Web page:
Savant Poetry – Earl Sweatshirt’s ‘Doris’ Album


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Son to a law professor at UCLA and an infamous and recently deceased South African poet, Thebe Kgositsile, known by his artist persona as Earl Sweatshirt, is a prime example of why reading matters.

Earl was only 19 by the time this album was released. For the conventional pathway of an American rapper, this tends to be the average age to release a debut album. Rappers are mature enough to externalize their thoughts and emotions into spoken word, but still, deal with the lingering dark clouds and experiences of adolescence.

Earl was a part of the notorious Alternative Hip-Hop collective, Odd Future, which garnered the attention of tribal young adolescents around 2010, up to their official discourse and break up around 2016.

Earl was the subject of the Free Earl campaign arbitrarily held before the release of Doris, as a reaction from fans after hearing Earl had been sent to Coral Reef Academy, a therapeutic camp for “troubled minors” located in Samoa. Doris was released shortly after, which although received mild or tame reviews, showcased the literary talent he had compared to the artists of his time.


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Doris is fifteen tracks long, consisting of artists such as Tyler, The Creator, The Alchemist, Stones Throw’s Samiyam, and The Internet’s Matt Martians on the production side, just to name a few.

The sound could be gritty, solemn, and a little experimental, but the main focus of the album is Earl’s wordplay. The topics warp around the evocations of depression, arrogance, and heated fervor that adolescents go through, but just aren’t capable of articulating at this level.

Each track contains dizzying metaphors and animated portraits. These images could be simple portraits of distraught immigrant workers, as the next bars would tie in that image to a pop culture reference, tying in together characters all placed in the same painting.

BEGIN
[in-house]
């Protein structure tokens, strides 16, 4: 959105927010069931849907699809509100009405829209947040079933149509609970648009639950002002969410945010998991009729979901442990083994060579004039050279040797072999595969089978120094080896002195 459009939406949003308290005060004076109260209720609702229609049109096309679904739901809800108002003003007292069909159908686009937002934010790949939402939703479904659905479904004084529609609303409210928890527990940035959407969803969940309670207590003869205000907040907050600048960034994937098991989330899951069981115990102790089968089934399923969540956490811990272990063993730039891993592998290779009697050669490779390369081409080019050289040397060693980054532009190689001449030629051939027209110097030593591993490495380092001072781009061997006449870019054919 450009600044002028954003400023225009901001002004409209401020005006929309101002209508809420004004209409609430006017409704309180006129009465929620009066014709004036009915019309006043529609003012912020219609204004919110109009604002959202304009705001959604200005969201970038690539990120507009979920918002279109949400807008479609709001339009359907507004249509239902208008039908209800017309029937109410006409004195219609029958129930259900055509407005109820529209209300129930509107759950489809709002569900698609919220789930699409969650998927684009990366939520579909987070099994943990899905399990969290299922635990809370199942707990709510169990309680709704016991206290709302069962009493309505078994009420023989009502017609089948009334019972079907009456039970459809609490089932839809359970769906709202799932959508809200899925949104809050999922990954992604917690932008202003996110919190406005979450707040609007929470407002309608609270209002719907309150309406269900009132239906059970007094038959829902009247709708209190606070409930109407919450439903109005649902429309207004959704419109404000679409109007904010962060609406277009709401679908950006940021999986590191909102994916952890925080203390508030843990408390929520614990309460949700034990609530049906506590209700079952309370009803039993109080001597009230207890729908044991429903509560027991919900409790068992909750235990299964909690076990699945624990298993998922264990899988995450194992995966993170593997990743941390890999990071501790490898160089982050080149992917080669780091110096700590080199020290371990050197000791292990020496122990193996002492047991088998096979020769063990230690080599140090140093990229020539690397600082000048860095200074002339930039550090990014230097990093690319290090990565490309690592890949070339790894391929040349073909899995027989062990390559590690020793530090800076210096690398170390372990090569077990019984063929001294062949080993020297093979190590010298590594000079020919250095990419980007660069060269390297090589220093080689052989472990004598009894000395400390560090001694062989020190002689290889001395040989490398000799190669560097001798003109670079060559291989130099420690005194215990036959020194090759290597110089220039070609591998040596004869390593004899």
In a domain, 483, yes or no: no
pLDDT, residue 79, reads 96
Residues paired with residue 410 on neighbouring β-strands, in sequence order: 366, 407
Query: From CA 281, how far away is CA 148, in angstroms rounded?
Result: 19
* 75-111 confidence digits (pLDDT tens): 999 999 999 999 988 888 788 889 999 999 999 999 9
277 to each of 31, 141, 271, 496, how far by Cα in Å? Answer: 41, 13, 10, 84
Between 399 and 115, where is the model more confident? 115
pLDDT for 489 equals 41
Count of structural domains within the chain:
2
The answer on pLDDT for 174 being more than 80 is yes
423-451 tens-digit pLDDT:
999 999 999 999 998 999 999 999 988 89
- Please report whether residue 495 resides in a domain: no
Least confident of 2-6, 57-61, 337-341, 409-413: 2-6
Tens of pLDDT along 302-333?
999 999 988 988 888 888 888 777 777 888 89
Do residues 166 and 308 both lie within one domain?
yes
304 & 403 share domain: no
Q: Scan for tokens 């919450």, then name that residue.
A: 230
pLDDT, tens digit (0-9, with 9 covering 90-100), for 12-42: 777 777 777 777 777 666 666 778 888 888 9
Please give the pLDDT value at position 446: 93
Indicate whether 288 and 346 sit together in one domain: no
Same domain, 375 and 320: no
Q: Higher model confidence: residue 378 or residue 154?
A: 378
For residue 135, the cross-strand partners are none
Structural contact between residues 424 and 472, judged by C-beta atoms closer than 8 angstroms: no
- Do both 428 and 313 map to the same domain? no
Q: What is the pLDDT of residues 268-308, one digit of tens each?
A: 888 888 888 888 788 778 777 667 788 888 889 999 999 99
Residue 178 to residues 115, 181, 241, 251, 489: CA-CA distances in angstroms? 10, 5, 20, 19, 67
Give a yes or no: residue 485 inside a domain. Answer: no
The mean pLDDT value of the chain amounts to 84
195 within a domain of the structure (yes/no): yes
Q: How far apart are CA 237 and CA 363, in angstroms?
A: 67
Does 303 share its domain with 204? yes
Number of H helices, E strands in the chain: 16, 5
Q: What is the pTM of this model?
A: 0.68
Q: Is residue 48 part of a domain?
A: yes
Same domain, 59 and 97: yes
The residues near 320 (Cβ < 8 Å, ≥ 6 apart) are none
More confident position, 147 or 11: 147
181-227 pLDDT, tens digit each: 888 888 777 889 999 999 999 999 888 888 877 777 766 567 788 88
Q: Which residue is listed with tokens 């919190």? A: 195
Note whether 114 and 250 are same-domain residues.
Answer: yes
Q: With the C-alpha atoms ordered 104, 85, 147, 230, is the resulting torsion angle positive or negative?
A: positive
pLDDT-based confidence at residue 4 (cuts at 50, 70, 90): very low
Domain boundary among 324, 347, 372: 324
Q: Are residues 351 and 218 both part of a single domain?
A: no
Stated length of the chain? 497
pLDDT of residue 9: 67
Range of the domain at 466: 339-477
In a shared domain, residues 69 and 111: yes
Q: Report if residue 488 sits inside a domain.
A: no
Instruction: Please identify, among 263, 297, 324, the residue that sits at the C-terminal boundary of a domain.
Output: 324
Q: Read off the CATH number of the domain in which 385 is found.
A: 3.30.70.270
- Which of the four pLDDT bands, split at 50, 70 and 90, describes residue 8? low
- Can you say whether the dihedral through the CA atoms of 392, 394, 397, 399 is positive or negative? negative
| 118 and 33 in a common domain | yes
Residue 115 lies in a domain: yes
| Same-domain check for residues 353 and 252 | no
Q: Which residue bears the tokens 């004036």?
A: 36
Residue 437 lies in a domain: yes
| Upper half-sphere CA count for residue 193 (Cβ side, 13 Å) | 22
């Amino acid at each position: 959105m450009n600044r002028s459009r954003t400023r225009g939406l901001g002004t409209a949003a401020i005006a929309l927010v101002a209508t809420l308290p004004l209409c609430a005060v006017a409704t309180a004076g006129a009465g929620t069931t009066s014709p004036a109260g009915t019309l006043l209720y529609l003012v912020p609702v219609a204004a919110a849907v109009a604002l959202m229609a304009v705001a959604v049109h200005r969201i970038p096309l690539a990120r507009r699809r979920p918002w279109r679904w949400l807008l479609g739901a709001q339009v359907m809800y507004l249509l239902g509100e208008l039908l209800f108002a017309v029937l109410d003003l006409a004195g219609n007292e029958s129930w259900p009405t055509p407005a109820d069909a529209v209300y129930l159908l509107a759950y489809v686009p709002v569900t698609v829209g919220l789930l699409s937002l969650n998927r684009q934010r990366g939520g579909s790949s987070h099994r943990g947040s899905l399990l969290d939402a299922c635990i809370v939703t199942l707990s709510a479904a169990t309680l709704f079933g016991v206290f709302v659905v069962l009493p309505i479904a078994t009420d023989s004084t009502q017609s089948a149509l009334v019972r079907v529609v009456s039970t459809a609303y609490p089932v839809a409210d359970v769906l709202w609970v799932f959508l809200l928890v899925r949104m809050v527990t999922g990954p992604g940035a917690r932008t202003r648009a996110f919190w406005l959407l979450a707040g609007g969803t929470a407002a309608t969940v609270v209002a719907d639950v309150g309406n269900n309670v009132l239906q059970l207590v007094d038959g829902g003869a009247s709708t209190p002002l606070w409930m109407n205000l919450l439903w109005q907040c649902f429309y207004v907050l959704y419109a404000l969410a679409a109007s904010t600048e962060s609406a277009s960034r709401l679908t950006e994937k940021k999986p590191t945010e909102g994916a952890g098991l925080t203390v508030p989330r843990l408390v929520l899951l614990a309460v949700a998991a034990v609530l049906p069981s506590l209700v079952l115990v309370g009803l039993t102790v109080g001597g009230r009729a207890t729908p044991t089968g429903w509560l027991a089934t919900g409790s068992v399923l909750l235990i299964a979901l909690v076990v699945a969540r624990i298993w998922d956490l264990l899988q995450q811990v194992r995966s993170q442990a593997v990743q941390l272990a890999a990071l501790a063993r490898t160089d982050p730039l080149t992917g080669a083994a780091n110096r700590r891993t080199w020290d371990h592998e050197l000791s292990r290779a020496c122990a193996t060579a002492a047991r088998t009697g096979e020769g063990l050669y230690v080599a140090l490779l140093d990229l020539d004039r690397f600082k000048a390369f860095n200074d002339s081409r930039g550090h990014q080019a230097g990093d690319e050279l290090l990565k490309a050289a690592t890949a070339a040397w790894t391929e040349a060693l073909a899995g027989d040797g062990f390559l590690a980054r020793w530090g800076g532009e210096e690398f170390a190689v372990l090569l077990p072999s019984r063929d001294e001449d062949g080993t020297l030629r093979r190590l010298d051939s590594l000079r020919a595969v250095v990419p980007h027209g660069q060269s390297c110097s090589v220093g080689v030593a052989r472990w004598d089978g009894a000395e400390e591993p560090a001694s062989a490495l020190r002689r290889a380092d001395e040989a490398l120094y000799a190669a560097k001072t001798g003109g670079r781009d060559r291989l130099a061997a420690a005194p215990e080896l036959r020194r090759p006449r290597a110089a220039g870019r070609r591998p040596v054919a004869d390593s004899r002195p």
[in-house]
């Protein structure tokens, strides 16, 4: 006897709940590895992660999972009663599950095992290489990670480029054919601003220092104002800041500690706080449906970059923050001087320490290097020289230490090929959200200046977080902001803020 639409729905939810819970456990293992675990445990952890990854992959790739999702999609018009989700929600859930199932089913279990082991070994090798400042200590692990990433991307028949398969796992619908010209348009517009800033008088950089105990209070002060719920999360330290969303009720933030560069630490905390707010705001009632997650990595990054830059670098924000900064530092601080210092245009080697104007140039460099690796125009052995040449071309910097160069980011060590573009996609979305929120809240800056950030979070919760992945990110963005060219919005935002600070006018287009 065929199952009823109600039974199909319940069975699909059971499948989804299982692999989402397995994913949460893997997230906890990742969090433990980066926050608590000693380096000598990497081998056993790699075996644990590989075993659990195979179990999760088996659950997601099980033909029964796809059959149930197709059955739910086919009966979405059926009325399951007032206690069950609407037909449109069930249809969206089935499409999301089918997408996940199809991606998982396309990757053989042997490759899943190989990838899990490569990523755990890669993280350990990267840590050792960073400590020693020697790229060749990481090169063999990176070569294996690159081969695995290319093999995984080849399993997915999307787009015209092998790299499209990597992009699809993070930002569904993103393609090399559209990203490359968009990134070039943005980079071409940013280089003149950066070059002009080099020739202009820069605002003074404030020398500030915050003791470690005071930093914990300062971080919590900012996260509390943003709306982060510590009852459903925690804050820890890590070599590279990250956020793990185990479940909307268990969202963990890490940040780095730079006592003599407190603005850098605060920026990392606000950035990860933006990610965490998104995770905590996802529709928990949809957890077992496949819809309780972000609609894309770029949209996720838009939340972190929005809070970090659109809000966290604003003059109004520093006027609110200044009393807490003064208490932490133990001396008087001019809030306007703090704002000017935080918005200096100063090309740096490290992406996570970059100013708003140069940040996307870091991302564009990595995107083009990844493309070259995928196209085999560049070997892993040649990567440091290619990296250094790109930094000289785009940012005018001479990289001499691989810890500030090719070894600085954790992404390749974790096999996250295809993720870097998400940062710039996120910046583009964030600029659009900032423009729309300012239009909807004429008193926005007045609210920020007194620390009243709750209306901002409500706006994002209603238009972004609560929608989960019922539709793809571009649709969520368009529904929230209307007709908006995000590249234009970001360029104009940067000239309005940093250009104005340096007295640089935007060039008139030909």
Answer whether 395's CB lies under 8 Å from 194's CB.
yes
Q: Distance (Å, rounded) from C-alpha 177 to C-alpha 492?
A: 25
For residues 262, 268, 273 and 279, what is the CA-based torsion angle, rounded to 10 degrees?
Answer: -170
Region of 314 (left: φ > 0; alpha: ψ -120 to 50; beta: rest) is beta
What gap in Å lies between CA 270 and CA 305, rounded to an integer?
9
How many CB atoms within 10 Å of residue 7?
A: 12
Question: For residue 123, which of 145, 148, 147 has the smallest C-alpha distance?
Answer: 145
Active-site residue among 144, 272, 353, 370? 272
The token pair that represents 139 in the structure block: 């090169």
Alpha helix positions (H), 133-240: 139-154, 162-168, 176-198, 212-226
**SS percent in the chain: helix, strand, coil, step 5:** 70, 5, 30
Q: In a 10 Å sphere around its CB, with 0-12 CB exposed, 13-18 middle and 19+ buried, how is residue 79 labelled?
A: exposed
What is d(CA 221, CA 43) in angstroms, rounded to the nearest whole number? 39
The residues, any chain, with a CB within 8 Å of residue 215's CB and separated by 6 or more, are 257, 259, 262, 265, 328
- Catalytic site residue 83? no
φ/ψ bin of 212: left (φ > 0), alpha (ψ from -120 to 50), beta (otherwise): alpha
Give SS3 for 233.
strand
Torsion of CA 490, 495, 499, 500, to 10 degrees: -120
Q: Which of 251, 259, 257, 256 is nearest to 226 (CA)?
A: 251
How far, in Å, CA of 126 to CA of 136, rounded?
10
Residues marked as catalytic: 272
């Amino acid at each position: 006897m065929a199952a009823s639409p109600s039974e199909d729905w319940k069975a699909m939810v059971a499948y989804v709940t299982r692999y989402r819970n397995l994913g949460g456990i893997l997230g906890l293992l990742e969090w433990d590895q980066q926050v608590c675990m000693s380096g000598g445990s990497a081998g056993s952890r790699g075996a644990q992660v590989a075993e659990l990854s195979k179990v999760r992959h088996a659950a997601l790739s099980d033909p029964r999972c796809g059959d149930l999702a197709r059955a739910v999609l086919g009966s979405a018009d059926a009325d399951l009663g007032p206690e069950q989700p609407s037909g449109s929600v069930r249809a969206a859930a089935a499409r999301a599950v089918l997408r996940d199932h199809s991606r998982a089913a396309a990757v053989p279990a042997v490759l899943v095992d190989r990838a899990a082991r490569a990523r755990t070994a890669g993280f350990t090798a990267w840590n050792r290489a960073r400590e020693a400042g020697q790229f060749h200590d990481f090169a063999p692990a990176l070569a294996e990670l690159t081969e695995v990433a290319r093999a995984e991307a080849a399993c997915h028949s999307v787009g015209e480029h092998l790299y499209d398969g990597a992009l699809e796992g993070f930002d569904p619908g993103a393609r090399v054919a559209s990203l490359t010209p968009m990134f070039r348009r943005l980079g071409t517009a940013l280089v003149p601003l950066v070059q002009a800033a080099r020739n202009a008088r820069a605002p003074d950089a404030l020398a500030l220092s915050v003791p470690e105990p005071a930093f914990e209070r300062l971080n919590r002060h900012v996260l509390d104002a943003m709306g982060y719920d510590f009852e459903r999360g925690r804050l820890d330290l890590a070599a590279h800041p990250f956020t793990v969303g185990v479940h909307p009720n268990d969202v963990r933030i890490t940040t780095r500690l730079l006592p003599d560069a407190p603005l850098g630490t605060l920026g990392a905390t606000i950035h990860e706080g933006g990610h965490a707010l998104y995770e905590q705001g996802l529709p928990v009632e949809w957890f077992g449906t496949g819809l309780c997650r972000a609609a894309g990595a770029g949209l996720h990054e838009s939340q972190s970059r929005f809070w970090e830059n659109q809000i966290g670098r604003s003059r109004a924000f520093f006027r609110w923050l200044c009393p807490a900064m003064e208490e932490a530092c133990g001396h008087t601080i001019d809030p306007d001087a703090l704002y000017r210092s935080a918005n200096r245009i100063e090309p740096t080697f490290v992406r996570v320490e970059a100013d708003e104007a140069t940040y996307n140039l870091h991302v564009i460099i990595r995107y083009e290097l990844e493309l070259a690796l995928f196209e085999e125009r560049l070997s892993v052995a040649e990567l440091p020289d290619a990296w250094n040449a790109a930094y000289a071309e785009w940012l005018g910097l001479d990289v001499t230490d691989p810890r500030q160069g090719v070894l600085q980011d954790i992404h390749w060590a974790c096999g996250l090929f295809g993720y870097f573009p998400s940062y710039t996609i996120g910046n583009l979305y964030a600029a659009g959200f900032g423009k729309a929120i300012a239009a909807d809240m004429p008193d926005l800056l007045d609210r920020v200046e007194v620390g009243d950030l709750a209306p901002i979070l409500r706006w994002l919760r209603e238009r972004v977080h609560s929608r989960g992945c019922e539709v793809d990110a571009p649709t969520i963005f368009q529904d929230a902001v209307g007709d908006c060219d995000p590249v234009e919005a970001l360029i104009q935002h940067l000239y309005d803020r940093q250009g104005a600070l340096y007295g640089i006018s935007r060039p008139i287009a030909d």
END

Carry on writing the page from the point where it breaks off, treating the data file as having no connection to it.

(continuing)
In the song Hive, featuring Vince Staples, Earl spews a few bars that intelligently culminate into the grody imagery he’s trying to depict.

From a city that’s recession hit

Where stressed niggas could flex metal with, peddle to rake pennies in.

Desolate testaments trying to stay Jekyll-ish

But most niggas Hyde, and Brenda just stay pregnant. 

Earl uses many literary techniques for these four bars alone. There’s a little bit of alliteration, as well as cultural references and poetic comparisons between subjects. For the whole duration of the song, Earl uses these techniques to transition from one image to the next.

In a few interviews Earl’s conducted during his prime years, he’s mentioned how his mother would force him to read on a daily basis during his childhood. He felt glad for that, as it helped with his lyricism immensely.

It seems that also with the likes of Eminem or MF Doom, the best rappers were once voracious readers. Eminem would study the dictionary during his underdog days, as MF Doom took periodic influence from poet Charles Bukowski. Being exposed to as much language and dialect as possible seems to go a long way.

It may be one of the qualities that help distinguish the good rappers from the bad ones, and Earl is the perfect case study for the light of the situation.

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